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Nukus(no͞oko͞os`), city (1989 pop. 170,362), capital of Karakalpakstan Republic, W Uzbekistan, in the Khwarazm oasis and on the Amu Darya River. It has alfalfa and food-processing and other light industries, as well as a notable modern art museum.
a city; capital of the Kara-Kalpak ASSR. Located on the right bank of the Amu Darya River (at the beginning of its delta), 38 km from the Khodzheili railroad station (on the left bank of the river); the Takhiatash-Nukus line was under construction as of 1974. Highway junction. Population, 88,000 (1974; 10,000 in 1939 and 39,000 in 1959).
Nukus took shape as a city in 1932 on the site of the aul (village) of Nukus, which grew up in the 1860’s. It has been the capital of the Kara-Kalpak ASSR since 1939. The city’s enterprises account for more than 15 percent of the gross industrial output of Kara-Kalpakia. Of greatest importance are metal-working (plants for the repair of farm machinery and motor vehicles), production of building materials (combines for large-panel housing construction and production of building materials, and also a brickyard and a granite and marbleplant), the food-processing industry (meat and dairy, flour-milling, wine and spirits), and light industry. There is also a furniture factory.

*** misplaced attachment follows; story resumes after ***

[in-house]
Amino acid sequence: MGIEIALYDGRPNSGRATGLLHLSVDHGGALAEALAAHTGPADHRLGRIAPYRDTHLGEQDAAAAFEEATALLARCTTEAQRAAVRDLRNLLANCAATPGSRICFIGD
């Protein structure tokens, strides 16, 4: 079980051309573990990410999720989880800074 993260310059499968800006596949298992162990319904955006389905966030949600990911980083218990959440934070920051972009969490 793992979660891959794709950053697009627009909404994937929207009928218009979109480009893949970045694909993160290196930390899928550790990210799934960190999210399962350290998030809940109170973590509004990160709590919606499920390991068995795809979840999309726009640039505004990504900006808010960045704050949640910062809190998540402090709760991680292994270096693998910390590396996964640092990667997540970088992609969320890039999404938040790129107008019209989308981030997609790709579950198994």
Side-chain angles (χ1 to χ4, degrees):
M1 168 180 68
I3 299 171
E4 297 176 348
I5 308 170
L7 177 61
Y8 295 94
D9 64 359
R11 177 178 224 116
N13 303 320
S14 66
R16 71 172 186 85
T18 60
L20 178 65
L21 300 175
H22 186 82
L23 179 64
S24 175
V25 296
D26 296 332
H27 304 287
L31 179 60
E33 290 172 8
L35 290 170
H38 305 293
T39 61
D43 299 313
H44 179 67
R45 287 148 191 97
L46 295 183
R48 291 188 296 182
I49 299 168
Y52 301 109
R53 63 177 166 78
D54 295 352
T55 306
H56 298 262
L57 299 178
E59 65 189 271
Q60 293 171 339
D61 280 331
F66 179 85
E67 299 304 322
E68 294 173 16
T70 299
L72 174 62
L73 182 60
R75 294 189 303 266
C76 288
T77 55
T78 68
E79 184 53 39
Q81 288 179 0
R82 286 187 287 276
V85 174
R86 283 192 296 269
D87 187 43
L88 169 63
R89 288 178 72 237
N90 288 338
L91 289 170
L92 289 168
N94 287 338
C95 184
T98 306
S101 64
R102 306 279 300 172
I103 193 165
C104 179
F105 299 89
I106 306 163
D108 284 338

Nukus was built according to a 1936 general plan (architects S. O. Ovsiannikov and others). A new general plan was adopted in 1965 (architect A. M. Irkabaev, engineer T. Z. Ziiaev). Nukus has a grid layout of streets on which residential (mainly low-rise) and public buildings have been built. Among the public buildings are those of the Council of Ministers of the Kara-Kalpak ASSR (1930’s) and the Kara-Kalpak Oblast Committee of the Communist Party of Uzbekistan (1970, architect E. K. Vidiakin, engineer E. F. Lenneshmidt). There are monuments to V. I. Lenin (bronze and granite, 1958; sculptor E. V. Vuchetich) and to soldiers who gave their lives in the Great Patriotic War of 1941–45 (concrete and stone, 1967; architect K. M. Molutov).
The Kara-Kalpak Branch of the Academy of Sciences of the Uzbek SSR, a pedagogical institute, and 11 secondary specialized educational institutions are in Nukus. The city also has a museum of history and local lore, the Art Museum of the Kara-Kalpak ASSR, and the K. S. Stanislavsky Musical Drama Theater, as well as a philharmonic society.
REFERENCESGoroda Uzbekistana. Tashkent, 1965.
Akhmedov, E. A., and E. N. Fatakhov. Novye goroda Uzbekistana. Tashkent, 1972.